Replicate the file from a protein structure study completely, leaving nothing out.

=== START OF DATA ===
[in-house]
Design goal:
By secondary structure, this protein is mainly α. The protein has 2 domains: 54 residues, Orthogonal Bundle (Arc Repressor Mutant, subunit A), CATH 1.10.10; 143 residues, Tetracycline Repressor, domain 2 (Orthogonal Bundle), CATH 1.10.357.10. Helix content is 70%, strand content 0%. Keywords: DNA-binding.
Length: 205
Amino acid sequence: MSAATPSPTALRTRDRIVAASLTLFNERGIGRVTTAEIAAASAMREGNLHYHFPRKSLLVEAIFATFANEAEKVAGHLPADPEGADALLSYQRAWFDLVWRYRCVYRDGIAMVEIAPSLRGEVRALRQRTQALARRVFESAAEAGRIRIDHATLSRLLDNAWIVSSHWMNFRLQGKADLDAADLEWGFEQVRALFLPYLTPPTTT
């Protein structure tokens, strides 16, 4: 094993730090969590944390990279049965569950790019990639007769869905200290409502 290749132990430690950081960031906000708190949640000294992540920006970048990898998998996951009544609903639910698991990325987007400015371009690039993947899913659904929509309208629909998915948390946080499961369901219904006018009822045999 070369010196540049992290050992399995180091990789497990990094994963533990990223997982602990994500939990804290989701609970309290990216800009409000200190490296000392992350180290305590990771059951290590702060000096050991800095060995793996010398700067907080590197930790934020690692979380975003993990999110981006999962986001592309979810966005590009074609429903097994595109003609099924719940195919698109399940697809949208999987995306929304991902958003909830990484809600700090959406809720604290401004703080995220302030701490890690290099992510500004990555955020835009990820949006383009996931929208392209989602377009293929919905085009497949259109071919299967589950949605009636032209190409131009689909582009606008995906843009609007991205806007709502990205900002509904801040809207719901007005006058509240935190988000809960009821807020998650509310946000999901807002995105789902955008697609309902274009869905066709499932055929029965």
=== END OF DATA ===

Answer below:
[in-house]
Design goal:
By secondary structure, this protein is mainly α. The protein has 2 domains: 54 residues, Orthogonal Bundle (Arc Repressor Mutant, subunit A), CATH 1.10.10; 143 residues, Tetracycline Repressor, domain 2 (Orthogonal Bundle), CATH 1.10.357.10. Helix content is 70%, strand content 0%. Keywords: DNA-binding.
Length: 205
Amino acid sequence: MSAATPSPTALRTRDRIVAASLTLFNERGIGRVTTAEIAAASAMREGNLHYHFPRKSLLVEAIFATFANEAEKVAGHLPADPEGADALLSYQRAWFDLVWRYRCVYRDGIAMVEIAPSLRGEVRALRQRTQALARRVFESAAEAGRIRIDHATLSRLLDNAWIVSSHWMNFRLQGKADLDAADLEWGFEQVRALFLPYLTPPTTT
């Protein structure tokens, strides 16, 4: 094993730090969590944390990279049965569950790019990639007769869905200290409502 290749132990430690950081960031906000708190949640000294992540920006970048990898998998996951009544609903639910698991990325987007400015371009690039993947899913659904929509309208629909998915948390946080499961369901219904006018009822045999 070369010196540049992290050992399995180091990789497990990094994963533990990223997982602990994500939990804290989701609970309290990216800009409000200190490296000392992350180290305590990771059951290590702060000096050991800095060995793996010398700067907080590197930790934020690692979380975003993990999110981006999962986001592309979810966005590009074609429903097994595109003609099924719940195919698109399940697809949208999987995306929304991902958003909830990484809600700090959406809720604290401004703080995220302030701490890690290099992510500004990555955020835009990820949006383009996931929208392209989602377009293929919905085009497949259109071919299967589950949605009636032209190409131009689909582009606008995906843009609007991205806007709502990205900002509904801040809207719901007005006058509240935190988000809960009821807020998650509310946000999901807002995105789902955008697609309902274009869905066709499932055929029965």